You can mark your drill bit with a piece of blue tape for a guide. Cut your steel rod to correct length with a hacksaw. Use a hammer to pound the steel rod into the base. The fit should be tight.
Step 7: Gather your favorite ephemera. You can use old typographic options like we did, or you can go with more colorful options like old wrapping paper, illustrated calendars, greeting cards, maps, etc…
Step 8: Punch out a variety of paper options with your 2″ and 1″ punches and arrange in pleasing combinations.
It works best when there is some contrast between the 2 layers – different scale, color, or pattern.
After you have your groupings, use the small 1/8″ punch to make a hole in the approximate center of the paired circles.
Step 9: Brush Mod Podge onto a wood coaster, avoiding the center hole. Place 2″ circle (aligning the hole in the paper with the hole in the wood), apply Mod Podge on top, then apply the 1″ circle, and apply more Mod Podge on top of that, coating the entire surface of the coaster.
Let dry and repeat on back of coaster. Do the same to the base, sliding the circles down around the metal rod.
Step 10: Let dry thoroughly and then apply a clear polyurethane coating coating over the top of the Mod Podge. This will provide a hard finish. (Again, avoid getting the polyurethane into the center hole.)
Let your wood slice coasters dry thoroughly (a couple days) before stacking onto the base.
- Branch - about 4" diameter
- Mod Podge Hard Coat
- Satin Varathane
- 1/8" steel rod
- Hand sander
- Drill plus 1/8" and 3/32" drill bits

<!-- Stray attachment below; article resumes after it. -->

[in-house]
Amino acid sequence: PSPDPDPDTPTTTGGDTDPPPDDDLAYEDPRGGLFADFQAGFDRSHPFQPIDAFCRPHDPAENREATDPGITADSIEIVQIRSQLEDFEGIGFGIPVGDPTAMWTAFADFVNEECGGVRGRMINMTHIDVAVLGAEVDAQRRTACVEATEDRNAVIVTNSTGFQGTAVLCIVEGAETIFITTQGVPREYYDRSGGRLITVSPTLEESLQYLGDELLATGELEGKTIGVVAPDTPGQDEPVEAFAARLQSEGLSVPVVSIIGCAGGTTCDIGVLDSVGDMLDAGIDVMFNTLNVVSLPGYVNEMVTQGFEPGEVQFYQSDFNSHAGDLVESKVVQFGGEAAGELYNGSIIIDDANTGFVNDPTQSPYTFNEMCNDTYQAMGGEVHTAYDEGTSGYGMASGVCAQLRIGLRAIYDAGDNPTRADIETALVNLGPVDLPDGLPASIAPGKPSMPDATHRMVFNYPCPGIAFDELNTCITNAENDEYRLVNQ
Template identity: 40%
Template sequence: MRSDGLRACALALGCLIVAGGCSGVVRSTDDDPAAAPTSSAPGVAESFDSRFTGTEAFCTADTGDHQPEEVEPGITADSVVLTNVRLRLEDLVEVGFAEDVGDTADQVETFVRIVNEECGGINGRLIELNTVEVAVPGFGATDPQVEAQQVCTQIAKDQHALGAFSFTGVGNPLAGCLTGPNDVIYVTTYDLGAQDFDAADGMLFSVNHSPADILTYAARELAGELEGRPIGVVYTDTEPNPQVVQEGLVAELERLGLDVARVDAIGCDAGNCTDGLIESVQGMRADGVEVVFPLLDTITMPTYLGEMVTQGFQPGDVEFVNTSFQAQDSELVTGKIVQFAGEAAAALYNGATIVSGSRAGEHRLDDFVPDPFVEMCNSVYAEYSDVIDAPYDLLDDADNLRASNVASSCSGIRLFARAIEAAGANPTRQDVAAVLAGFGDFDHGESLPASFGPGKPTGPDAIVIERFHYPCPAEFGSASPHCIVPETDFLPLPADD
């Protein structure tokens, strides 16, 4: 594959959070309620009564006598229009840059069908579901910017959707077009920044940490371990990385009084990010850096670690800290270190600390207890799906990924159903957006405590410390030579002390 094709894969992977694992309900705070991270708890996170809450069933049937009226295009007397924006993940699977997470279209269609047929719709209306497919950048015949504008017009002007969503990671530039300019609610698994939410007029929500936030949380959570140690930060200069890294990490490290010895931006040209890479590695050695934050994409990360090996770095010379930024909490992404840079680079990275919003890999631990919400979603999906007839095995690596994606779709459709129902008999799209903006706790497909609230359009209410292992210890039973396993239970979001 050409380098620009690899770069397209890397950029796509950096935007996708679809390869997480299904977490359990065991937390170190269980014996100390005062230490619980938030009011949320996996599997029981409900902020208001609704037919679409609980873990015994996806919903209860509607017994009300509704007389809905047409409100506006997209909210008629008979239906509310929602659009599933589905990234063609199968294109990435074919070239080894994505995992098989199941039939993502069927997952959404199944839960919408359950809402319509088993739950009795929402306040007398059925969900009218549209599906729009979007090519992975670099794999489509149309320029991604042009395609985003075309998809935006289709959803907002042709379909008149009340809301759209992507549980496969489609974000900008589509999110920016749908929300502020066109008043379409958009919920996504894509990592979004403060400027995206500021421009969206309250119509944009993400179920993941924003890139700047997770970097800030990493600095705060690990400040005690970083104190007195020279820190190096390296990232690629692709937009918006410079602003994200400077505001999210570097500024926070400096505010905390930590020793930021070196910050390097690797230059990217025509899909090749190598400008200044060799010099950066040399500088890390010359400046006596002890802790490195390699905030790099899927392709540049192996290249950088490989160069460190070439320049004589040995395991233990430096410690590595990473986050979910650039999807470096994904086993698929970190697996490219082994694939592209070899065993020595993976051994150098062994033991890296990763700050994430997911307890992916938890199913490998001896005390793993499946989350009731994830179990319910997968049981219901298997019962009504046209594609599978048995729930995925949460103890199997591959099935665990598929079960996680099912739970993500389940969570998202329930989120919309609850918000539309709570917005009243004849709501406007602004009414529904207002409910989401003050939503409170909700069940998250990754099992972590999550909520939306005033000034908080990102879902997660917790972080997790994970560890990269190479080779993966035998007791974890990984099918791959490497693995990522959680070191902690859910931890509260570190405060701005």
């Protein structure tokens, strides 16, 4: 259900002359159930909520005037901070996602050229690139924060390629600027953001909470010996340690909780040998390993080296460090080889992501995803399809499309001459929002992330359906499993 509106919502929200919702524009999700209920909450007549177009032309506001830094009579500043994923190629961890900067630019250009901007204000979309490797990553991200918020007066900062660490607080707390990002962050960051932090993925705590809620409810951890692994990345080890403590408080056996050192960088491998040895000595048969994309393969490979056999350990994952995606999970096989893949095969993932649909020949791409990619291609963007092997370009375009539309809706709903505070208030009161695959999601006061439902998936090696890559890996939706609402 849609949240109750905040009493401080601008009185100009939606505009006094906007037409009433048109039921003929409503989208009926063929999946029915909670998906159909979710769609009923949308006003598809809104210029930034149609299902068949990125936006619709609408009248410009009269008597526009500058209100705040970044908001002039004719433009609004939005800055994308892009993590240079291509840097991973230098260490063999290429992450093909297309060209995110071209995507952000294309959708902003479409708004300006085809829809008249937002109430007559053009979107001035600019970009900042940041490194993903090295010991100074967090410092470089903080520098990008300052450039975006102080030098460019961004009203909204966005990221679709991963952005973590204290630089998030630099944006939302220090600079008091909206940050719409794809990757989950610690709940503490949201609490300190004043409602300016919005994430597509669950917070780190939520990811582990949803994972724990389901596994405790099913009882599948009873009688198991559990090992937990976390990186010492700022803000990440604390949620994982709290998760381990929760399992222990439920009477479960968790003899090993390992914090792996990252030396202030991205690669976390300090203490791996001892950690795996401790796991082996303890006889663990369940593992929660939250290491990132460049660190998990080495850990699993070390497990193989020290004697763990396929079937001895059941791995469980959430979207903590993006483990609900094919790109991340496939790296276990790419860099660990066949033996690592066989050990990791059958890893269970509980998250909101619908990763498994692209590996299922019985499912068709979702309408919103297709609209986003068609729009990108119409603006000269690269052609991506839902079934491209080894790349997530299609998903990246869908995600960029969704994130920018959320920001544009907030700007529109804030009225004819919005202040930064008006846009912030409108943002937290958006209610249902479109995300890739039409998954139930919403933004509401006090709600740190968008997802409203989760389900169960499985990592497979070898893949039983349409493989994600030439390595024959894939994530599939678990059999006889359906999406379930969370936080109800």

- Large paper punches (2" and 1")
- Small hole punch (1/8")
- Brush, about 1" wide
- Find a downed tree branch of your choosing, at least 4" in diameter.
- Cut your branch into approximately 1/2" slices using a saw.
- To make your base, cut one slice thicker than the coasters – around 2" - 3".
- Let your branch slices dry. We put them on a rack for about 2 weeks.
- Drill holes in the approximate center of each slice of wood.
- Sand your wood slices. You can make a simple jig with pieces of wood to hold the slices in place if you're using a sander.
- To make the base, drill a hole with the 3/16" drill bit (slightly smaller diameter than your steel rod) in your base piece of wood. Do not go all the way through.
- Cut your steel rod to correct length with a hacksaw. Use a hammer to pound the steel rod into the base. The fit should be tight.
- Punch out a variety of paper options with your 2" and 1" punches and arrange in pleasing combinations.
- Use the small 1/8" punch to make a hole in the approximate center of the paired circles.
- Brush Mod Podge onto a wood slice. Place the circles down on top of the wood slices, aligning the holes. Apply Mod Podge on top and let dry.
- Apply more Mod Podge, coating the entire surface of the coaster. Let dry.
- Let dry and repeat on back of coaster. Do the same to the base, sliding the circles down around the metal rod.
- Let dry thoroughly and then apply a clear polyurethane coating coating over the top of the Mod Podge to provide a hard finish.
Enjoy your new DIY wood coasters that double as art! Don’t forget to visit some of our other projects: